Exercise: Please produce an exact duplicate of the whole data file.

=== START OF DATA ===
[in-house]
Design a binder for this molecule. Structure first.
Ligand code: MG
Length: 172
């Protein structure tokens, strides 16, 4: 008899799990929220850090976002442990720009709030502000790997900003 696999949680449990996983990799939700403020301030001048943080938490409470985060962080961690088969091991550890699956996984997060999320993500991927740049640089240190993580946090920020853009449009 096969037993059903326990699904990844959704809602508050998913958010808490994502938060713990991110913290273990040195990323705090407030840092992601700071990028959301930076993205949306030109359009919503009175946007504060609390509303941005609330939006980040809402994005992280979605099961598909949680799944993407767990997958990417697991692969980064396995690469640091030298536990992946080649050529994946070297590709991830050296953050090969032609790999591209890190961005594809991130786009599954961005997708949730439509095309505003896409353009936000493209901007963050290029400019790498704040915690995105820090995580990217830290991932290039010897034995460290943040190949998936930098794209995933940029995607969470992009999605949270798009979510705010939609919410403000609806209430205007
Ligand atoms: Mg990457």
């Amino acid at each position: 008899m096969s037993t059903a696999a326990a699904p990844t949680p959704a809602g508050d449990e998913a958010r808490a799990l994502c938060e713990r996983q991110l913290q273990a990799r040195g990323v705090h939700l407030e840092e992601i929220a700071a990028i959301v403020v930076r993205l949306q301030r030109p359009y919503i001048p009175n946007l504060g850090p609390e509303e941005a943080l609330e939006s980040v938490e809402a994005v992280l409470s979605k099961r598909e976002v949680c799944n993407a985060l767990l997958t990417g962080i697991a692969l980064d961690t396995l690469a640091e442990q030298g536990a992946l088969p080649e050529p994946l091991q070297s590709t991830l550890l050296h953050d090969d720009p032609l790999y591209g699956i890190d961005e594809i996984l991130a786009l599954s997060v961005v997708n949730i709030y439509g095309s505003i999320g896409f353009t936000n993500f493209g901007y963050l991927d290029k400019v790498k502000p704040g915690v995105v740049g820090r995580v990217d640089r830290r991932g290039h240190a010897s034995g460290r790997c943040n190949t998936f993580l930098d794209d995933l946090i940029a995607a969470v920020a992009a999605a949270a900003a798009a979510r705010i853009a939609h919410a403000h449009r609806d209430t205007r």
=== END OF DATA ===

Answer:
[in-house]
Design a binder for this molecule. Structure first.
Ligand code: MG
Length: 172
């Protein structure tokens, strides 16, 4: 008899799990929220850090976002442990720009709030502000790997900003 696999949680449990996983990799939700403020301030001048943080938490409470985060962080961690088969091991550890699956996984997060999320993500991927740049640089240190993580946090920020853009449009 096969037993059903326990699904990844959704809602508050998913958010808490994502938060713990991110913290273990040195990323705090407030840092992601700071990028959301930076993205949306030109359009919503009175946007504060609390509303941005609330939006980040809402994005992280979605099961598909949680799944993407767990997958990417697991692969980064396995690469640091030298536990992946080649050529994946070297590709991830050296953050090969032609790999591209890190961005594809991130786009599954961005997708949730439509095309505003896409353009936000493209901007963050290029400019790498704040915690995105820090995580990217830290991932290039010897034995460290943040190949998936930098794209995933940029995607969470992009999605949270798009979510705010939609919410403000609806209430205007
Ligand atoms: Mg990457």
């Amino acid at each position: 008899m096969s037993t059903a696999a326990a699904p990844t949680p959704a809602g508050d449990e998913a958010r808490a799990l994502c938060e713990r996983q991110l913290q273990a990799r040195g990323v705090h939700l407030e840092e992601i929220a700071a990028i959301v403020v930076r993205l949306q301030r030109p359009y919503i001048p009175n946007l504060g850090p609390e509303e941005a943080l609330e939006s980040v938490e809402a994005v992280l409470s979605k099961r598909e976002v949680c799944n993407a985060l767990l997958t990417g962080i697991a692969l980064d961690t396995l690469a640091e442990q030298g536990a992946l088969p080649e050529p994946l091991q070297s590709t991830l550890l050296h953050d090969d720009p032609l790999y591209g699956i890190d961005e594809i996984l991130a786009l599954s997060v961005v997708n949730i709030y439509g095309s505003i999320g896409f353009t936000n993500f493209g901007y963050l991927d290029k400019v790498k502000p704040g915690v995105v740049g820090r995580v990217d640089r830290r991932g290039h240190a010897s034995g460290r790997c943040n190949t998936f993580l930098d794209d995933l946090i940029a995607a969470v920020a992009a999605a949270a900003a798009a979510r705010i853009a939609h919410a403000h449009r609806d209430t205007r």